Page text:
Alexander McQueen’s worn and torn chic
An ode to an English garden with a punk rock twist was the theme of an exhilarating collection by Sarah Burton for the house of Alexander McQueen.
Inspired by the famed English garden of Great Dixter, the inside of the ageing Orangerie of the Luxembourg Gardens was redone with a red brick catwalk and a series of gazebos over which were thrown giant white cotton embroidered sheets with delicate fabric irises, blooming poppies, wild orchids, deep red snap dragons and candy floss colored furcraea. Just like Great Dixter.
Out marched the cast in a brilliant series of bedraggled gowns and ripped up panache. For day, deconstructed trenches with mattress silk panels, off-the-shoulder leather punk princess robes, all studded and finished with bold peplums, in black or fire engine red.
For evening, beautiful barely-there red satin ruffled flamenco dresses though slashed and swerving to one side. The sheer beauty of the total concept climaxing at a brilliant finale, a group of white taffeta looks – a cross between a slip dress and a ball-gown. Each shredded and finished with delicate summer flower blooms.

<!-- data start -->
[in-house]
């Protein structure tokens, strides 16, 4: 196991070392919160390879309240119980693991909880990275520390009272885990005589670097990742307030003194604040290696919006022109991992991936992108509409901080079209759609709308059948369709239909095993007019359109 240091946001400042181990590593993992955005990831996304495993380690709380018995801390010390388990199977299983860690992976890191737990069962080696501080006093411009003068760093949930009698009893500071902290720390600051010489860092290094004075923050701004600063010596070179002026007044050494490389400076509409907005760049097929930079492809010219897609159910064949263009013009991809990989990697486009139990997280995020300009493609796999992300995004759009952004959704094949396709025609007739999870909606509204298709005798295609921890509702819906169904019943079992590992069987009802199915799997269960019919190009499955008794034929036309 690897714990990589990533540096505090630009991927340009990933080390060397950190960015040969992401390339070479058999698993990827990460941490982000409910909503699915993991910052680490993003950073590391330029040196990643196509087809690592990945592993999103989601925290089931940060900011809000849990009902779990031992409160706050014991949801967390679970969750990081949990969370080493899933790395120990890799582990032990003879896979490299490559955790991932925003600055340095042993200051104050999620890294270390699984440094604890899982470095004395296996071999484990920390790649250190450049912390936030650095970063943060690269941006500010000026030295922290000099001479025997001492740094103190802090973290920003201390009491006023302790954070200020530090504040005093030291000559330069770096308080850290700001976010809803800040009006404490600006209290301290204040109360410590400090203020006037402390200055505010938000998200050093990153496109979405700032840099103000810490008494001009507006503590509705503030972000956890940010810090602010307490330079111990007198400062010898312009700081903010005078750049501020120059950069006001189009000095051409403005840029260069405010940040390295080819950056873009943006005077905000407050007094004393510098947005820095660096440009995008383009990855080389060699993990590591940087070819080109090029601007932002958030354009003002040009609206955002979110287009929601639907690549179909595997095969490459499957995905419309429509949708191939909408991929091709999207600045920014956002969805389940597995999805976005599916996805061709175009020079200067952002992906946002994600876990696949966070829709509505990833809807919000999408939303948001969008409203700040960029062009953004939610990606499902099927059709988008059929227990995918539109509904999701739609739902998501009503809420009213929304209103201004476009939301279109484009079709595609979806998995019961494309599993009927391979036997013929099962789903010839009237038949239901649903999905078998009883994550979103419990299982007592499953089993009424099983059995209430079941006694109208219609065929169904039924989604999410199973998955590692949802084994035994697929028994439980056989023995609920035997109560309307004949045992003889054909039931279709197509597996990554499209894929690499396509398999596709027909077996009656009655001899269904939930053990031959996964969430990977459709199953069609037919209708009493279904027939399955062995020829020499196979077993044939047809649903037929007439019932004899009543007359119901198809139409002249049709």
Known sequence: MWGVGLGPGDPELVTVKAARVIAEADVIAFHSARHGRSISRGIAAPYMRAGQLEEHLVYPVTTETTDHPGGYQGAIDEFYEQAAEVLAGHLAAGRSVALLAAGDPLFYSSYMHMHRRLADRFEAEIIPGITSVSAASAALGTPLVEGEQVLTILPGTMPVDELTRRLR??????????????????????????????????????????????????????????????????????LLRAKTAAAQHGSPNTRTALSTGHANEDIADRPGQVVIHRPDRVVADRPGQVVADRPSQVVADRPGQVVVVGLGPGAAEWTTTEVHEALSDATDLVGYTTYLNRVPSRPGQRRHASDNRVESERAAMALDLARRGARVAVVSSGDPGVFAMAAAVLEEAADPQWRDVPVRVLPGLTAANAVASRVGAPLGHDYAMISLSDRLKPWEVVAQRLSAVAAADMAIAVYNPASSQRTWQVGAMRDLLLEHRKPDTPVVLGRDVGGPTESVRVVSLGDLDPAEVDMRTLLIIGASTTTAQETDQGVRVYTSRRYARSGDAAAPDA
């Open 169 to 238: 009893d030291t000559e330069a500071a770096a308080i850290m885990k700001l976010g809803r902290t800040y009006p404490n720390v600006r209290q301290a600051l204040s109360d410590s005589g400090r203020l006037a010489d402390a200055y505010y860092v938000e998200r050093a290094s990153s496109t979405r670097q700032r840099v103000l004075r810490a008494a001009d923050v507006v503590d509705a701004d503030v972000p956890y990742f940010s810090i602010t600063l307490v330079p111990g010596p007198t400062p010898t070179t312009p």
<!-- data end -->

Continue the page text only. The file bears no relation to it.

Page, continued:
It has been a season of overt romanticism but one grounded with a certain sense of Tough Street chic. As was the case at McQueen, where every model marched in combat boots, albeit studded with gold buttons; or embossed with sequined mini guitars and saxophones; finished with see-through Perspex heels containing tine rose buds.
All together, a particularly beautiful fashion statement, by a designer who has few rivals when it comes to creating eye-jarring beauty and bold femininity. All ignited by that uniquely English inspiration the eccentric, and much loved, country garden.
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